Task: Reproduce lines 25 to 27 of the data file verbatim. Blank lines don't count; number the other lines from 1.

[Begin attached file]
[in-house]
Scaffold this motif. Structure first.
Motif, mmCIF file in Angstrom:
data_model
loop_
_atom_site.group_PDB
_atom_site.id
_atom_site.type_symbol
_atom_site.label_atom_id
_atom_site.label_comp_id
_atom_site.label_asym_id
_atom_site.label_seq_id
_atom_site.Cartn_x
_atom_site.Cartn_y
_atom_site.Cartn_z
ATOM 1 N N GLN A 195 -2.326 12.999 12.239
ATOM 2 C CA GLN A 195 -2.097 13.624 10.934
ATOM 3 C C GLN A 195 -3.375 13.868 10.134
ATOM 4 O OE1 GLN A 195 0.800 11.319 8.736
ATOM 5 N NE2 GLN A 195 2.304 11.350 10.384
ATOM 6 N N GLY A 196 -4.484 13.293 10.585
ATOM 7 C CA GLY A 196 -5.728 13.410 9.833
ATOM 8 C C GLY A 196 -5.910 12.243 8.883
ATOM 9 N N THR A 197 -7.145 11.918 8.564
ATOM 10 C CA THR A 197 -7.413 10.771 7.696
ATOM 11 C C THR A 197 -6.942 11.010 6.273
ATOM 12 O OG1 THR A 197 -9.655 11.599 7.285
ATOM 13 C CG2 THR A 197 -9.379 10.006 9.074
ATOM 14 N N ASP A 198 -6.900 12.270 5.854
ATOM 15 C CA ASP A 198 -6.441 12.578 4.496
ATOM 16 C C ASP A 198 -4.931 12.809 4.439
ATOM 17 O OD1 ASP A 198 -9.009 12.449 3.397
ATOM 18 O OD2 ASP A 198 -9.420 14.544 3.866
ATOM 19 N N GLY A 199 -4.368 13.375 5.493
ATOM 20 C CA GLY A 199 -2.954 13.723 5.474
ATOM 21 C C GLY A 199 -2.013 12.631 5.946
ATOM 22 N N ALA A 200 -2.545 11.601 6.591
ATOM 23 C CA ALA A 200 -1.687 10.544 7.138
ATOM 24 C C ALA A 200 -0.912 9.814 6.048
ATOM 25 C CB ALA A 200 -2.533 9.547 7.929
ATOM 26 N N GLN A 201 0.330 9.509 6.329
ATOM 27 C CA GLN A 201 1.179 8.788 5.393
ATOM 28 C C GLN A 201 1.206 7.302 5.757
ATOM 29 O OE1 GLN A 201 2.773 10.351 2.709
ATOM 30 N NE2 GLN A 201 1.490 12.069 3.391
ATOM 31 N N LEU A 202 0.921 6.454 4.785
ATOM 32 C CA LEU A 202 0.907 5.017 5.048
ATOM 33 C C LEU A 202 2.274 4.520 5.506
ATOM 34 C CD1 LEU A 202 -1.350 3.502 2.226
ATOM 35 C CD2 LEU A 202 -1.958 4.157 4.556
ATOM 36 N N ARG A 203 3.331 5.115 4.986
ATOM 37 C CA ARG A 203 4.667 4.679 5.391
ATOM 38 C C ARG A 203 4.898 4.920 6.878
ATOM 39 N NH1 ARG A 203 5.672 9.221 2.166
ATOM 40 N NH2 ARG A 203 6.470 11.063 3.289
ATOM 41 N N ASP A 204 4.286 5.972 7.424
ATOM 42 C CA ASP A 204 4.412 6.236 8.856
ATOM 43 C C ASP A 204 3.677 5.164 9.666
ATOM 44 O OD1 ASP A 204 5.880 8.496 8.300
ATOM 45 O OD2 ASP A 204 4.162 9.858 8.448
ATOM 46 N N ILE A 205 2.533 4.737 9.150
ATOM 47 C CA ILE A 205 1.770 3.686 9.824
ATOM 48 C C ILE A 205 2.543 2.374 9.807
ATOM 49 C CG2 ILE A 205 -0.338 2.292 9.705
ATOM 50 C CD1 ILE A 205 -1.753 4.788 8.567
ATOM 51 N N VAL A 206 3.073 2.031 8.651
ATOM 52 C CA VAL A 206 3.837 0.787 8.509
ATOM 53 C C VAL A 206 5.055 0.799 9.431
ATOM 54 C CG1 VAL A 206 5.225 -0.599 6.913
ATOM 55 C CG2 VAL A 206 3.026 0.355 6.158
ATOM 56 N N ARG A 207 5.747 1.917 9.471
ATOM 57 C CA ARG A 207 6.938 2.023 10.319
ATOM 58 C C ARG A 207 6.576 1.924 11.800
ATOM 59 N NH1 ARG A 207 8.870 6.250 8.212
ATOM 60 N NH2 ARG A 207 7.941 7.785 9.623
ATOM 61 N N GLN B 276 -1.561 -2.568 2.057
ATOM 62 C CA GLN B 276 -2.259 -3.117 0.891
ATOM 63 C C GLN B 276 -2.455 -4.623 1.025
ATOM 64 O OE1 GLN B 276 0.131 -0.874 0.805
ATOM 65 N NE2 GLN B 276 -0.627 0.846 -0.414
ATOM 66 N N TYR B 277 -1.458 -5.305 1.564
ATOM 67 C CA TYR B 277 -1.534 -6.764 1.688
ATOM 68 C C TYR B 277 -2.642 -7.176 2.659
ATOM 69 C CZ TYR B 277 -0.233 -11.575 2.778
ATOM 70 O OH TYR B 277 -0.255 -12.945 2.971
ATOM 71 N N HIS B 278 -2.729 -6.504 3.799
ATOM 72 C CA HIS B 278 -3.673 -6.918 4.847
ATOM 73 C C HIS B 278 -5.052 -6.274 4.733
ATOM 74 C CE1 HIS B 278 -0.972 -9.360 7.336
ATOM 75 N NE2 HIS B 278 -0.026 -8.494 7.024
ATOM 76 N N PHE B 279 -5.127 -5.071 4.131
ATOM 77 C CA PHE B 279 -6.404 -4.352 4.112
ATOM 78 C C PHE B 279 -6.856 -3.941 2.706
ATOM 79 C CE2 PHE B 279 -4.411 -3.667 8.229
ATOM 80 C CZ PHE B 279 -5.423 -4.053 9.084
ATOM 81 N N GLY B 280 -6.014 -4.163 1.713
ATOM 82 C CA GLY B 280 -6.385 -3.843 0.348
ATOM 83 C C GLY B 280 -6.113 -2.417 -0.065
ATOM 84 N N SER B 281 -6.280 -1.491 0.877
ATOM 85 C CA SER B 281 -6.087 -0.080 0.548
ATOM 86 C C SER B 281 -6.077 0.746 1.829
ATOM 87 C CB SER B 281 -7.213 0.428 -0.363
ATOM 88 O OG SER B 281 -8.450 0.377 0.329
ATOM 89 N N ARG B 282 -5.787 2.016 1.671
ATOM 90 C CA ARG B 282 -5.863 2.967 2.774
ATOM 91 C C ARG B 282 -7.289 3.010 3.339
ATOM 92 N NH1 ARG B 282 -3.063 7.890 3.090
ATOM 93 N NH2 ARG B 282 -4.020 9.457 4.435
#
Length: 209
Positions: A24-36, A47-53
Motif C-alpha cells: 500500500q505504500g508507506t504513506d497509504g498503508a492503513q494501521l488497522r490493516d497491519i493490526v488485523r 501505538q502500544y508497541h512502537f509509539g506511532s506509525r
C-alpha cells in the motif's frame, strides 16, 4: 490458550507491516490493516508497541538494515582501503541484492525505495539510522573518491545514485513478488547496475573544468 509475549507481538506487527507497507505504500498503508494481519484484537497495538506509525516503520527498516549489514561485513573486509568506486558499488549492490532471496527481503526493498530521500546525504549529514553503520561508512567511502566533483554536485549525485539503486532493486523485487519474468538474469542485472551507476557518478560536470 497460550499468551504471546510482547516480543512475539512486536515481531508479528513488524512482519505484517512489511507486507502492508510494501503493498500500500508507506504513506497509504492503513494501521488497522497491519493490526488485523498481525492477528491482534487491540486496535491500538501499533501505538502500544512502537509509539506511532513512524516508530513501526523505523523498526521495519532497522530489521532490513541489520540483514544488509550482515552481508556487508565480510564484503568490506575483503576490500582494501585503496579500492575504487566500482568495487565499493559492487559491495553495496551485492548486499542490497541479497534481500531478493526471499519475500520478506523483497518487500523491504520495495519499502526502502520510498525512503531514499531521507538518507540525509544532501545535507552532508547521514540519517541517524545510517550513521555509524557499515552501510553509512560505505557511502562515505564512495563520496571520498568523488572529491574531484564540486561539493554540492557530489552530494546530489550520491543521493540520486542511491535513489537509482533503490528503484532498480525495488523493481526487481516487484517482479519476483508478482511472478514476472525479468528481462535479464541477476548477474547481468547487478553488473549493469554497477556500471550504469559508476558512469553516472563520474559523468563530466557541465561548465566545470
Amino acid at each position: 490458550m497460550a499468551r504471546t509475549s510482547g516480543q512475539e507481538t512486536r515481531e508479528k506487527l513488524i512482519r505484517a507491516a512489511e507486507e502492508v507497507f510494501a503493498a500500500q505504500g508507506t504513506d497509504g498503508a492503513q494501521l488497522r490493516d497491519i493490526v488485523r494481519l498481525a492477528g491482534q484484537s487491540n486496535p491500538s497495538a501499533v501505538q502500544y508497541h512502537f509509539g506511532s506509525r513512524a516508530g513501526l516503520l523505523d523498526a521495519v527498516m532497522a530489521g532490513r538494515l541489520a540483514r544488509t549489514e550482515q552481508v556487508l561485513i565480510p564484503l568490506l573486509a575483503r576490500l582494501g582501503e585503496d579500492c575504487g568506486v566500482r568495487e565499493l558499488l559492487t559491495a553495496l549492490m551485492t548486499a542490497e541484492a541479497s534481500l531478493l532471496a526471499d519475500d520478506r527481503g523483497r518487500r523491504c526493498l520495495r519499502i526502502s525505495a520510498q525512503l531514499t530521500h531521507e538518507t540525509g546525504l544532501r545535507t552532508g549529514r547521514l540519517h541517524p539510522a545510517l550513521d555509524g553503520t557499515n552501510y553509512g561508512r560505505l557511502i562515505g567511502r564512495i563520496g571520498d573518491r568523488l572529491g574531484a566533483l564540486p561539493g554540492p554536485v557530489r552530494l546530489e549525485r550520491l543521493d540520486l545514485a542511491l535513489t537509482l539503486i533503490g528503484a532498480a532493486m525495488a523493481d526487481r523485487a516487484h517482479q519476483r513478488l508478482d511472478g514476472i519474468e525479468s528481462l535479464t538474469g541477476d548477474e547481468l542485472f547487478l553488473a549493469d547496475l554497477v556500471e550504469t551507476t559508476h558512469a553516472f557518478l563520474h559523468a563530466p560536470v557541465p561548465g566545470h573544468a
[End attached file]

ATOM 10 C CA THR A 197 -7.413 10.771 7.696
ATOM 11 C C THR A 197 -6.942 11.010 6.273
ATOM 12 O OG1 THR A 197 -9.655 11.599 7.285